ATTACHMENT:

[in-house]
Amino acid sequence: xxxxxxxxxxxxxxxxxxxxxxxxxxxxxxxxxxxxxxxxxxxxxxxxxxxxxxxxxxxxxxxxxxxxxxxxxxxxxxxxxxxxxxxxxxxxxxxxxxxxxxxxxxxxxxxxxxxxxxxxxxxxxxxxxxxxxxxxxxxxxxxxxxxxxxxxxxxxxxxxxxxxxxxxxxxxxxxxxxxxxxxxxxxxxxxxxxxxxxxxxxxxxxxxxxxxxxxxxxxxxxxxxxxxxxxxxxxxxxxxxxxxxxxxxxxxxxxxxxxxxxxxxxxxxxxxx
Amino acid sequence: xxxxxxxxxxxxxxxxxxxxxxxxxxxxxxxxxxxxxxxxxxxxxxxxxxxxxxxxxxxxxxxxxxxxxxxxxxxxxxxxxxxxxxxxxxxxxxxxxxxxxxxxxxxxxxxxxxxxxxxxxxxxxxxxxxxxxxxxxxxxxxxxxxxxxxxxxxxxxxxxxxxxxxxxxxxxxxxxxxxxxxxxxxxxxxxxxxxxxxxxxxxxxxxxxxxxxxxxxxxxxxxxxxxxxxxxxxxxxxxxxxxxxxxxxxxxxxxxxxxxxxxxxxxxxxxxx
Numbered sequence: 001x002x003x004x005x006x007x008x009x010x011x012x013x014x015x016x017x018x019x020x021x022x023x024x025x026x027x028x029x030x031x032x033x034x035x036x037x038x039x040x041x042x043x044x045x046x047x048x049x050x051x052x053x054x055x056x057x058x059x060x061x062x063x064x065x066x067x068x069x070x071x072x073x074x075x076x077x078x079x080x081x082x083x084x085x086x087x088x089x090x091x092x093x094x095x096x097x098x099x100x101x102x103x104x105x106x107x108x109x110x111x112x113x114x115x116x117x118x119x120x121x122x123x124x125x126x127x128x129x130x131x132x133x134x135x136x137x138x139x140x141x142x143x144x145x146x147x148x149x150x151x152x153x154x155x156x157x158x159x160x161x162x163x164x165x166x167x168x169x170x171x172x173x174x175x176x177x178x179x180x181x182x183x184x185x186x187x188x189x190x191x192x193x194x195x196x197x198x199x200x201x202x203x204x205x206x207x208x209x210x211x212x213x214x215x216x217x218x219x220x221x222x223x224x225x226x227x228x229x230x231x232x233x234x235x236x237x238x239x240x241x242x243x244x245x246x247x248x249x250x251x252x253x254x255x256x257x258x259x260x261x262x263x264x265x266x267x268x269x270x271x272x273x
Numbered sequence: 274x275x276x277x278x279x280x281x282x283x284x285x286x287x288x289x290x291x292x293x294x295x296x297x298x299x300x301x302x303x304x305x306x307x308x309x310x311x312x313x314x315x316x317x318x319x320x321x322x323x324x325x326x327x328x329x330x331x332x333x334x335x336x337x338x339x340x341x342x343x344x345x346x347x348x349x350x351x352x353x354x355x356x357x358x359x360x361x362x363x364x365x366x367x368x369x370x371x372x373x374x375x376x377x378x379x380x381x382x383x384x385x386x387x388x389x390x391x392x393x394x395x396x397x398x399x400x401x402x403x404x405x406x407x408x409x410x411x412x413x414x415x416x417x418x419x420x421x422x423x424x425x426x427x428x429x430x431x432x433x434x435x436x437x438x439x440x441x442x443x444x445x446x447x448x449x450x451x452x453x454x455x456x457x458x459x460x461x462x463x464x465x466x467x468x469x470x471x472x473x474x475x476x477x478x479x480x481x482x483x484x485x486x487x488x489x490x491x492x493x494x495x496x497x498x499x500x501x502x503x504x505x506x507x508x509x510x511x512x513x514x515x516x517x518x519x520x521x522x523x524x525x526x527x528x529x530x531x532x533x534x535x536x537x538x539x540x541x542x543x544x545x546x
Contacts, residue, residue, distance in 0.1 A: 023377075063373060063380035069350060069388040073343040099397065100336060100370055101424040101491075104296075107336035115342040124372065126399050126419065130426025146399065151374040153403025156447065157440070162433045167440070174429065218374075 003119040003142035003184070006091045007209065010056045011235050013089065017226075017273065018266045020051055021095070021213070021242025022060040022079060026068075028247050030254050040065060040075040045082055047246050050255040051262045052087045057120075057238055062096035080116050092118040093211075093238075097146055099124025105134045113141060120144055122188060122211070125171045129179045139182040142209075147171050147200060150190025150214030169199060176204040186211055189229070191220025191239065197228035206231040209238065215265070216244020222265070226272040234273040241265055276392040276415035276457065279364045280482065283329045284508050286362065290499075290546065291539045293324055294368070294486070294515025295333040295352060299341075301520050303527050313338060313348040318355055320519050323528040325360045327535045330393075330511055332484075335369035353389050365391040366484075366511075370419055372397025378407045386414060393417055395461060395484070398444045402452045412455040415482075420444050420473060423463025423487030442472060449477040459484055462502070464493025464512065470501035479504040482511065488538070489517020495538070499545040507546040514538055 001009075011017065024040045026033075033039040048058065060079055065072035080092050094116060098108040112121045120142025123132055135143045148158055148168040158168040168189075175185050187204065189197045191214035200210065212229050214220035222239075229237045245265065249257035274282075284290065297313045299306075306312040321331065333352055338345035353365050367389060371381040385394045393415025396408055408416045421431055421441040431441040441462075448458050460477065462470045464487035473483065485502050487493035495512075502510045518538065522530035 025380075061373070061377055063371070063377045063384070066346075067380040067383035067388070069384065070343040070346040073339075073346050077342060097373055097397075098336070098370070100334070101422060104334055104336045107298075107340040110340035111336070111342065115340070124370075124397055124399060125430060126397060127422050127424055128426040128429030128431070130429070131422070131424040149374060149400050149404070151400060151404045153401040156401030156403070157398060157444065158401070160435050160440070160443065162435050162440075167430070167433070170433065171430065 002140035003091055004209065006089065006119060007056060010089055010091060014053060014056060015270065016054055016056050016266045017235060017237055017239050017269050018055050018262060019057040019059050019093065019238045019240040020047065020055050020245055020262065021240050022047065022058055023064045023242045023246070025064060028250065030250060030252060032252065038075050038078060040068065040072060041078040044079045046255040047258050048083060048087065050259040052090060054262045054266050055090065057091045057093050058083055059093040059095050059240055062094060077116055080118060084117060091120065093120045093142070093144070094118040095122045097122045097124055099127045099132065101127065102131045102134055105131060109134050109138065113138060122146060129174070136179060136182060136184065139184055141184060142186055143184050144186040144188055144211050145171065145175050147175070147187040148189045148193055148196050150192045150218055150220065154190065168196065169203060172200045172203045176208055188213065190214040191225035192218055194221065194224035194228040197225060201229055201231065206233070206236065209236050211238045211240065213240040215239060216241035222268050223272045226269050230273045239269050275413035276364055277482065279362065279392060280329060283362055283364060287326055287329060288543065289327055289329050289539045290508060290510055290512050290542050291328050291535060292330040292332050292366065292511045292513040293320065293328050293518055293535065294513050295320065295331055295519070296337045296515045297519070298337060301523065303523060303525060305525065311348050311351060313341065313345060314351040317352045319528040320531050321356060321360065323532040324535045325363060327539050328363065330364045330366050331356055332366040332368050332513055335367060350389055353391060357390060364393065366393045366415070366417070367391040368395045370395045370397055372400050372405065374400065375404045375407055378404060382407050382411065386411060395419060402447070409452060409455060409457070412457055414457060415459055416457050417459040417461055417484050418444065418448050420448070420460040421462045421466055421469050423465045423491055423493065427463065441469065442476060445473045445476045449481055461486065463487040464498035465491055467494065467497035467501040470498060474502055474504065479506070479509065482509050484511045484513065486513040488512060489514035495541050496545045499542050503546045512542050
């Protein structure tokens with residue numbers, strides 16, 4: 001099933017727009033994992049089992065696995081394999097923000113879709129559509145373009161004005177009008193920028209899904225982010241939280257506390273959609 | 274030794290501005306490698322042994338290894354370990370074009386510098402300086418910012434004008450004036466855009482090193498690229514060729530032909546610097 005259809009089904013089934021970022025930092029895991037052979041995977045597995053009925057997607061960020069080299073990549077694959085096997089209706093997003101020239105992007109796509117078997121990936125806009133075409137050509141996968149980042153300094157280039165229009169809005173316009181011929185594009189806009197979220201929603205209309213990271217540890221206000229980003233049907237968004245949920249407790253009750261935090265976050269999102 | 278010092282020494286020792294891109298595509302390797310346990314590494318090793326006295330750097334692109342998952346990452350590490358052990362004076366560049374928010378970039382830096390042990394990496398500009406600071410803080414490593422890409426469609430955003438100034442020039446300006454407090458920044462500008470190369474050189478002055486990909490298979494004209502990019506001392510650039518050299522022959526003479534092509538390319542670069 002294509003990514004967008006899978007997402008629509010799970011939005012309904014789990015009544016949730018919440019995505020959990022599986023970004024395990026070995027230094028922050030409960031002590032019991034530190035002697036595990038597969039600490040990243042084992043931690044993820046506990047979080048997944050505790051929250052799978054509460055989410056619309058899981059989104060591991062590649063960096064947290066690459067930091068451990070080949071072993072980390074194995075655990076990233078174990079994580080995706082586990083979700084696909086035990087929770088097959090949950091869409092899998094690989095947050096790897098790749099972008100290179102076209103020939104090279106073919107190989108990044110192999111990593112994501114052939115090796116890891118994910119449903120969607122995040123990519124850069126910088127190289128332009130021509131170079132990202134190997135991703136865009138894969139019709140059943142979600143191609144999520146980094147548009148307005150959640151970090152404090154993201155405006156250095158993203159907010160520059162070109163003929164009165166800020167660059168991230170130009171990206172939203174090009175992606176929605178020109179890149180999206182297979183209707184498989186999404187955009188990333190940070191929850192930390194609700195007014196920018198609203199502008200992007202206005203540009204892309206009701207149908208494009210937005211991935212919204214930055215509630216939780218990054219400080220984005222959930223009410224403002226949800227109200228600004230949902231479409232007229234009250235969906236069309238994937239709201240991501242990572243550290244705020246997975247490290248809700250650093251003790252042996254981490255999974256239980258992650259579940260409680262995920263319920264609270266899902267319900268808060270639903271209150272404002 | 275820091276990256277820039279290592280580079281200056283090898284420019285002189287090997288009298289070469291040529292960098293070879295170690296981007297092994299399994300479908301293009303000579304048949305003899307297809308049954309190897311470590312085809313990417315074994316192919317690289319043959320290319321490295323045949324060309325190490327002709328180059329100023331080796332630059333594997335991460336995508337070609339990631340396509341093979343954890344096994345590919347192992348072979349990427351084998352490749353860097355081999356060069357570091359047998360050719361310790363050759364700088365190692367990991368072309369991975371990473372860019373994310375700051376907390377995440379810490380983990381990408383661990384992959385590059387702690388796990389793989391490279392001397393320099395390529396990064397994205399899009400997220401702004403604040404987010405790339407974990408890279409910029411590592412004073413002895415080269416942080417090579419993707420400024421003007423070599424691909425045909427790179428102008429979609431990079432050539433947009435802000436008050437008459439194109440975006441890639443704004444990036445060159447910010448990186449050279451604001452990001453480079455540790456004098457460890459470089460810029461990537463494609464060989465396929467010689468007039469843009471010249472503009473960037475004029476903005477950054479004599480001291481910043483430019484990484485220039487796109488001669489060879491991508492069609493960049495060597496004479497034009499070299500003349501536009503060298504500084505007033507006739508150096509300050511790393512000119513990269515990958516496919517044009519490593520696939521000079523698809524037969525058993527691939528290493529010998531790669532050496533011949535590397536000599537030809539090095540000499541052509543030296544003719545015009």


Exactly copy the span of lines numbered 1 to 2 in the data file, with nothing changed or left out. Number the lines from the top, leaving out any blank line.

[in-house]
Amino acid sequence: xxxxxxxxxxxxxxxxxxxxxxxxxxxxxxxxxxxxxxxxxxxxxxxxxxxxxxxxxxxxxxxxxxxxxxxxxxxxxxxxxxxxxxxxxxxxxxxxxxxxxxxxxxxxxxxxxxxxxxxxxxxxxxxxxxxxxxxxxxxxxxxxxxxxxxxxxxxxxxxxxxxxxxxxxxxxxxxxxxxxxxxxxxxxxxxxxxxxxxxxxxxxxxxxxxxxxxxxxxxxxxxxxxxxxxxxxxxxxxxxxxxxxxxxxxxxxxxxxxxxxxxxxxxxxxxxx